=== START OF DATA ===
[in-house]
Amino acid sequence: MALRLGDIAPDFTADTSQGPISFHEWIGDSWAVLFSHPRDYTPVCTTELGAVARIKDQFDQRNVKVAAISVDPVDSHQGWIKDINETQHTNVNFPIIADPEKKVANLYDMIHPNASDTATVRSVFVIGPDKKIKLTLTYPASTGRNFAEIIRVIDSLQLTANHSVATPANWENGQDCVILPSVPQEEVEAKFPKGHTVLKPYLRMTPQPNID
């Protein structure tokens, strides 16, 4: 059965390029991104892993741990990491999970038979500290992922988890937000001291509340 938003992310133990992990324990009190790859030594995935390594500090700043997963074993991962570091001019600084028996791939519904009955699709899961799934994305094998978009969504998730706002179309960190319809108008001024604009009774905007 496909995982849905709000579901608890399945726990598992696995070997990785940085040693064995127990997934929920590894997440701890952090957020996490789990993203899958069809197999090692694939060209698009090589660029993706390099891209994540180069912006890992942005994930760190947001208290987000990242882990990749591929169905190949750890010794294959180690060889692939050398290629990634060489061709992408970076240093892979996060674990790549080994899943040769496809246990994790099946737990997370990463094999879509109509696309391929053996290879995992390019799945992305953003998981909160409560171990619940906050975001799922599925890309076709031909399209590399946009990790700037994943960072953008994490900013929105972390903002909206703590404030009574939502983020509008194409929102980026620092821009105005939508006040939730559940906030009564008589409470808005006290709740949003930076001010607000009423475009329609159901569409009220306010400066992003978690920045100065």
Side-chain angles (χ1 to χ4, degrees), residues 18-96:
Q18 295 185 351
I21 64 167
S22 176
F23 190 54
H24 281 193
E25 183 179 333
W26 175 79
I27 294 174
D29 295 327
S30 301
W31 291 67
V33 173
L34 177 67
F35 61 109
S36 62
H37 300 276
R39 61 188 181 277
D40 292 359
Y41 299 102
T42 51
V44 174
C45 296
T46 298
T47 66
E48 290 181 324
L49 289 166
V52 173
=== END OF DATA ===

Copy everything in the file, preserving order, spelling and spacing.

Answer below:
[in-house]
Amino acid sequence: MALRLGDIAPDFTADTSQGPISFHEWIGDSWAVLFSHPRDYTPVCTTELGAVARIKDQFDQRNVKVAAISVDPVDSHQGWIKDINETQHTNVNFPIIADPEKKVANLYDMIHPNASDTATVRSVFVIGPDKKIKLTLTYPASTGRNFAEIIRVIDSLQLTANHSVATPANWENGQDCVILPSVPQEEVEAKFPKGHTVLKPYLRMTPQPNID
């Protein structure tokens, strides 16, 4: 059965390029991104892993741990990491999970038979500290992922988890937000001291509340 938003992310133990992990324990009190790859030594995935390594500090700043997963074993991962570091001019600084028996791939519904009955699709899961799934994305094998978009969504998730706002179309960190319809108008001024604009009774905007 496909995982849905709000579901608890399945726990598992696995070997990785940085040693064995127990997934929920590894997440701890952090957020996490789990993203899958069809197999090692694939060209698009090589660029993706390099891209994540180069912006890992942005994930760190947001208290987000990242882990990749591929169905190949750890010794294959180690060889692939050398290629990634060489061709992408970076240093892979996060674990790549080994899943040769496809246990994790099946737990997370990463094999879509109509696309391929053996290879995992390019799945992305953003998981909160409560171990619940906050975001799922599925890309076709031909399209590399946009990790700037994943960072953008994490900013929105972390903002909206703590404030009574939502983020509008194409929102980026620092821009105005939508006040939730559940906030009564008589409470808005006290709740949003930076001010607000009423475009329609159901569409009220306010400066992003978690920045100065």
Side-chain angles (χ1 to χ4, degrees), residues 18-96:
Q18 295 185 351
I21 64 167
S22 176
F23 190 54
H24 281 193
E25 183 179 333
W26 175 79
I27 294 174
D29 295 327
S30 301
W31 291 67
V33 173
L34 177 67
F35 61 109
S36 62
H37 300 276
R39 61 188 181 277
D40 292 359
Y41 299 102
T42 51
V44 174
C45 296
T46 298
T47 66
E48 290 181 324
L49 289 166
V52 173